The discovery follows a series of problems over the last 2 1/2 years at the police departments’ evidence analysis and storage divisions.

 Problems with staffing, supervision and shabby conditions led to the shutdown of the crime lab’s DNA section in 2002. In August, police found evidence from thousands of cases that was lost in its property room and improperly tagged.

 In the latest batch of discovered evidence, police found a cigarette butt that was collected during the investigation of a 1991 robbery-slaying of a Houston bank teller.

Robert Campbell is awaiting execution for the murder of Alexandra Rendon, the teller. Attorney Lonnie Knowles served as one of Campbell’s trial lawyers.

 ”Oh my God, are you serious?” Knowles asked when informed about the evidence found. He said he did not recall ever being aware of the existence of the cigarette butt.

”I can’t tell you 100 percent that it would have made a difference,” Knowles said. ”But from a defense perspective, I would have loved to have known about that.”

Police also discovered evidence from a murder investigation that led to an execution.

 Ponchai Wilkerson was executed on March 14, 2000, for the fatal 1990 shooting of Chung Myong Yi during the robbery of a Houston jewelry store. Wilkerson never denied that he shot Yi, but prosecutors said the robbery was part of a days-long crime spree, which they used during the punishment phase.

The newly discovered evidence is a car seat that may be from one of those crimes.

 ”What really got him the death penalty was the extraneous offenses – not the primary offense,” said Attorney Troy McKinney, who represented Wilkerson.


08/18/2005 – Galveston – A Galveston police officer admitted that he violated department policy by failing to turn on a camera that would have recorded the scene that led to allegations he and his partner beat and kicked a man who was not resisting arrest.

The alleged beating victim, Patrick James Woods, is on trial on a charge of resisting arrest after patrolmen James Stewart and Mark Davis spotted Woods and two other men standing in a traffic lane of 28th on May 8.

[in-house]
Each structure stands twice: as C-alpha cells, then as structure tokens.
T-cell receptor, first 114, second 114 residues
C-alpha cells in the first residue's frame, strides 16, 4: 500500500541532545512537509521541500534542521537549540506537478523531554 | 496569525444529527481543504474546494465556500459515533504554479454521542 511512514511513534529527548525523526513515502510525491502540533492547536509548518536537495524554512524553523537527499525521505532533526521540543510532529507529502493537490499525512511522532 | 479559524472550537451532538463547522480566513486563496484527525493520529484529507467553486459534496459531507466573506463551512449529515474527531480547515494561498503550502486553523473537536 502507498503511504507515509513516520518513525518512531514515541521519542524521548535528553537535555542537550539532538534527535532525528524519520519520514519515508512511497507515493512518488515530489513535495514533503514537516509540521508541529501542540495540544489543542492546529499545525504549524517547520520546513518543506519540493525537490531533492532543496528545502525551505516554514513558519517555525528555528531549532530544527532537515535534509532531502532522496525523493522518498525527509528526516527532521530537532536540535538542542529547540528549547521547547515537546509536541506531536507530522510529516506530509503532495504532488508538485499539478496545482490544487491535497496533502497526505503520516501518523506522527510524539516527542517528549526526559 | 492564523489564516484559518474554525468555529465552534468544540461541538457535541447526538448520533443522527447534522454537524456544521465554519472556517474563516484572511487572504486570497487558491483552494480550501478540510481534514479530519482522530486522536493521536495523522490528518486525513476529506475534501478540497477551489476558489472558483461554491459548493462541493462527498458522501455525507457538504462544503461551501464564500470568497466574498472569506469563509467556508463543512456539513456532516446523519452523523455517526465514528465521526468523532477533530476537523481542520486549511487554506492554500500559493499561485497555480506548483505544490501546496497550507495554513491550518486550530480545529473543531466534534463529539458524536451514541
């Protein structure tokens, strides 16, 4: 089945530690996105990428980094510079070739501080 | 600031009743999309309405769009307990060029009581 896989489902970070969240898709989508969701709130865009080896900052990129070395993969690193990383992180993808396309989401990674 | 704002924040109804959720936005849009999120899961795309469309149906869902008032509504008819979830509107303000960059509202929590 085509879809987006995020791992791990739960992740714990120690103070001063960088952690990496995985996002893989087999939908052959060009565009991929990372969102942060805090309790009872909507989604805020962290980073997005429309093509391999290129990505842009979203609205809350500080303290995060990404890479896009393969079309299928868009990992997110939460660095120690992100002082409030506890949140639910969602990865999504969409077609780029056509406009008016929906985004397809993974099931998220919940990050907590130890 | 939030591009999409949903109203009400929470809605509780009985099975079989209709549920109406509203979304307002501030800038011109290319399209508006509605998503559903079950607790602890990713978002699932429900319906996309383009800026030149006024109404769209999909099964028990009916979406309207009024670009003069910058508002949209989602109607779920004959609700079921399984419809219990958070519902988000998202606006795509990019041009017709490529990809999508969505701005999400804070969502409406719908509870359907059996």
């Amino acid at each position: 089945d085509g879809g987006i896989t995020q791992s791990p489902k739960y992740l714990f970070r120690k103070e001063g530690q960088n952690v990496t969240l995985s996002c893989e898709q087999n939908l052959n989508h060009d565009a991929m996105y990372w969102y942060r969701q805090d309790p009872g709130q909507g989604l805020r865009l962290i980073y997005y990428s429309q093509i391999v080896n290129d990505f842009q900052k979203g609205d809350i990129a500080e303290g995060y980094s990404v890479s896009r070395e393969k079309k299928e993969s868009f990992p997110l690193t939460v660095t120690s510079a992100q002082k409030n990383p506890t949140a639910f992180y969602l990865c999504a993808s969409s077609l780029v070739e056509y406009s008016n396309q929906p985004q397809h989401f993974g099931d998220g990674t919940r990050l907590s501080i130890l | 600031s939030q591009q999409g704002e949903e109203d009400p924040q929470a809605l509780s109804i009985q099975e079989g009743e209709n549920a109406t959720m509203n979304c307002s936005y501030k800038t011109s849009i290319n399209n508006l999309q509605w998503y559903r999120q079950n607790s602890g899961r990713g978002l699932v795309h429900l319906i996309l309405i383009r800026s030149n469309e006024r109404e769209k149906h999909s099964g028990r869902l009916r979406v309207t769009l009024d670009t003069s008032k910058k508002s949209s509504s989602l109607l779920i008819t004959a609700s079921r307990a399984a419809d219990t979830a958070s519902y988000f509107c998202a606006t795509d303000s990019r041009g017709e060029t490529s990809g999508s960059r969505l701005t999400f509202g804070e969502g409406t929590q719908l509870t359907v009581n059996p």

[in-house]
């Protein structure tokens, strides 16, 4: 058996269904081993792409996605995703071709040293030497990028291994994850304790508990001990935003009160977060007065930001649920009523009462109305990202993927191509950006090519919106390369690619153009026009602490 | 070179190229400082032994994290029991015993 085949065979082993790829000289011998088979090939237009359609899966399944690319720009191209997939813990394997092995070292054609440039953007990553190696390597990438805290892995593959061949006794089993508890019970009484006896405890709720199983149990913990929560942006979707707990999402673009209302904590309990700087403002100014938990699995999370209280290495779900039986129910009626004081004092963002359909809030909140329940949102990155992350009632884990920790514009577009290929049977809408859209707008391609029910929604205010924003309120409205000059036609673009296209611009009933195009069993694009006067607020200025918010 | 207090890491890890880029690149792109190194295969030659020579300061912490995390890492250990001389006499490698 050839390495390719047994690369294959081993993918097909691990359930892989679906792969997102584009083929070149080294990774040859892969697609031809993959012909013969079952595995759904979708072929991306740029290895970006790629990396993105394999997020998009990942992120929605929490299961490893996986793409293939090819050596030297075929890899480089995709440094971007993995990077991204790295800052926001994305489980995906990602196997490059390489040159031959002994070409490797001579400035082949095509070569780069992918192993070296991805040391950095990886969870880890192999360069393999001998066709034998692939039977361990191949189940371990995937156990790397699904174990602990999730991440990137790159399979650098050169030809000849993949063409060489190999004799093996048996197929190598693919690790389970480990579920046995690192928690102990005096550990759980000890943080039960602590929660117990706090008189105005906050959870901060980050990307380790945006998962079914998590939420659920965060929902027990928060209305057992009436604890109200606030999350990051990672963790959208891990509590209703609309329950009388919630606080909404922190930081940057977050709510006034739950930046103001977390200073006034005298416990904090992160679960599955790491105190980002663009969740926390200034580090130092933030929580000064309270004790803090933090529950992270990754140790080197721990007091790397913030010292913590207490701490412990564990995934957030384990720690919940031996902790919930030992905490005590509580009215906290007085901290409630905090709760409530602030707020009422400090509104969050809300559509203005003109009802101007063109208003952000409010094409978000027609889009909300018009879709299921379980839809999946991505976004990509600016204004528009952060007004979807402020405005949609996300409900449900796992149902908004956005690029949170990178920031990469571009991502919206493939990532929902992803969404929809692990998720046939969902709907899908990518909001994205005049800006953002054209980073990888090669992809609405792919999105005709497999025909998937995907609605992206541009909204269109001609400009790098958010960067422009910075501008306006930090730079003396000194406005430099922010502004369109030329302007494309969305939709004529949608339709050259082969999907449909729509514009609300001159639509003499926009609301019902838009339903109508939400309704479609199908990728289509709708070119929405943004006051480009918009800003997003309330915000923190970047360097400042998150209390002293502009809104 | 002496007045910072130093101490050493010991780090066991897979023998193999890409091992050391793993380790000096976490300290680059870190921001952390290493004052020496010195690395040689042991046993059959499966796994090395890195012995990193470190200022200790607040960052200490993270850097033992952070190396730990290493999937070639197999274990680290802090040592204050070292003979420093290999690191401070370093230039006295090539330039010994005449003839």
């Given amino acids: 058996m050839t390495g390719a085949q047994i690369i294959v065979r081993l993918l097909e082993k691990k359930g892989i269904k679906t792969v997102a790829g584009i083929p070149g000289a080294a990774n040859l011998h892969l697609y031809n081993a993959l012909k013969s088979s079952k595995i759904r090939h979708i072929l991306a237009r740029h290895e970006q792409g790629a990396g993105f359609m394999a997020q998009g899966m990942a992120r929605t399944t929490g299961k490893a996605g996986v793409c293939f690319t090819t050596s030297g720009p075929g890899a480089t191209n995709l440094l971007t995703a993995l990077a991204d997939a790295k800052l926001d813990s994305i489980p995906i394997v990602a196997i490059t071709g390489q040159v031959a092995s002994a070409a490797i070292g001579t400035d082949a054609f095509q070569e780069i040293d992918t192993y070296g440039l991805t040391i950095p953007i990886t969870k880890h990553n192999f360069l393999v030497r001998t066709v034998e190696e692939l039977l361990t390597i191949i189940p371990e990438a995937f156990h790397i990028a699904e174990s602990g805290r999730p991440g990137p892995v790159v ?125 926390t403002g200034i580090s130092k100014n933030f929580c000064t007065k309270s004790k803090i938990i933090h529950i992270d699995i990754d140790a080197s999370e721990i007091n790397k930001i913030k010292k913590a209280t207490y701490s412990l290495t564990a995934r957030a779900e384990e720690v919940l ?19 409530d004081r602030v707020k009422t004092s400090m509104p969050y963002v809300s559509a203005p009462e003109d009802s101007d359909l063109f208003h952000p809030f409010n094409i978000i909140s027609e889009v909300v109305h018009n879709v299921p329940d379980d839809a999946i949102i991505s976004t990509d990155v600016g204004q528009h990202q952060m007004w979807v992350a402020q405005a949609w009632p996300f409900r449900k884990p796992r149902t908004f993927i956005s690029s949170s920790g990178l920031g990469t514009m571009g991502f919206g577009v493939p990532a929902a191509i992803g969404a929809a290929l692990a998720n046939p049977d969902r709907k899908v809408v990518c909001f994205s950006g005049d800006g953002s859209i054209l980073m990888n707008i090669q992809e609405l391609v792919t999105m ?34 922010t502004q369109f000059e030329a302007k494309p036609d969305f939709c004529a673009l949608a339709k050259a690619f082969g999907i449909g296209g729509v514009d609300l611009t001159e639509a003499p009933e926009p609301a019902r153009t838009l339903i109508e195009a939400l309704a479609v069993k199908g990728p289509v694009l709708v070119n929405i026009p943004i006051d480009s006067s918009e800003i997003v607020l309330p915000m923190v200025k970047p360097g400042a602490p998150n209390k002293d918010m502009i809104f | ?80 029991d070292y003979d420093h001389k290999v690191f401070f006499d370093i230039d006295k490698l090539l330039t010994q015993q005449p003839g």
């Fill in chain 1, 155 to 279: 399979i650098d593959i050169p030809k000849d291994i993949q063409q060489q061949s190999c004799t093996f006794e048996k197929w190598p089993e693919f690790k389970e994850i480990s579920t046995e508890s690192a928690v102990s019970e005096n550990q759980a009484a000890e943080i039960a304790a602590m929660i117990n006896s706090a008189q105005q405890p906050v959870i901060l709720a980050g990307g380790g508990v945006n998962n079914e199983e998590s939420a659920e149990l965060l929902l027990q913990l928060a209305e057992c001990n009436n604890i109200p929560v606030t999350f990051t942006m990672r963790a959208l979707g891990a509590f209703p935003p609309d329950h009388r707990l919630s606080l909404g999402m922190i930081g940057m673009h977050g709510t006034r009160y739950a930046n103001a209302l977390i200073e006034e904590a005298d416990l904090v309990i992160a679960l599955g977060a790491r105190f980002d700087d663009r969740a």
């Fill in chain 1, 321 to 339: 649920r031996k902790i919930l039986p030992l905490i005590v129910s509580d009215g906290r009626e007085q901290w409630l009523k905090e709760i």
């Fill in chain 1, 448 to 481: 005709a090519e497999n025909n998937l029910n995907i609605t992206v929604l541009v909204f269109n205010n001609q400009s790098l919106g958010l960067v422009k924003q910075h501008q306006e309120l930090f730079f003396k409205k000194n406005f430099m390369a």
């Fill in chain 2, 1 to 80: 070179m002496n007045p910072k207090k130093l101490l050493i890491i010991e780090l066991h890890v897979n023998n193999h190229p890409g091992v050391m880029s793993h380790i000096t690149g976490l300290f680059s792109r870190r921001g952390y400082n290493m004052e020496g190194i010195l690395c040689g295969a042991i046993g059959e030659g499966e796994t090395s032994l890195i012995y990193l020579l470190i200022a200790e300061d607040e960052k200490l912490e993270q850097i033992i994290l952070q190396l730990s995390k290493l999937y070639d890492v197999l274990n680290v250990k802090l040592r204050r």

The officers testified Tuesday that they thought Woods and the other men, who ran away, were involved in a drug deal at the time.

Stewart testified that he did not turn on his patrol-car emergency lights, which also activate the car’s video and audio taping system, when he and Davis stopped Woods.

 Stewart said he also could have turned on the system using a switch on a microphone in his shirt pocket, but Woods started a struggle before he could activate the system from outside the patrol car. Stewart said department policy requires activation of the taping system to provide a record of what goes on during traffic stops for use as evidence.

 Woods’ case came to light after Sheridan Lorenz, a Galveston resident and daughter of developer George Mitchell, filed an affidavit in the misdemeanor criminal case saying she saw the two officers beating Woods while he was handcuffed. Lorenz since has said through attorney Anthony Griffin that Woods might not have been handcuffed at the time but that he was not resisting officers who were kicking and beating him. Lorenz watched the action from her car, just a few yards from the struggle.

 Since Lorenz made her allegation, the Galveston Police Department has asked the Texas Attorney General’s Office to rule that records of 54 complaints of police misconduct in the past five years are exempt from release under the Texas Public Information Act. The Houston Chronicle and other news organizations have requested the records.

 In an opening statement to the six-member jury, Griffin said Lorenz and two other witnesses will testify that the officers had Woods down and that he was not resisting arrest when they were beating him.

 Lorenz will testify that she saw officers kick Woods “at least 15 times” as he lay on the street, Griffin told jurors.

 Prosecutor Bryan Keller told jurors that Woods ignored repeated commands by Stewart and Davis to put his hands behind his back and allow himself to be handcuffed.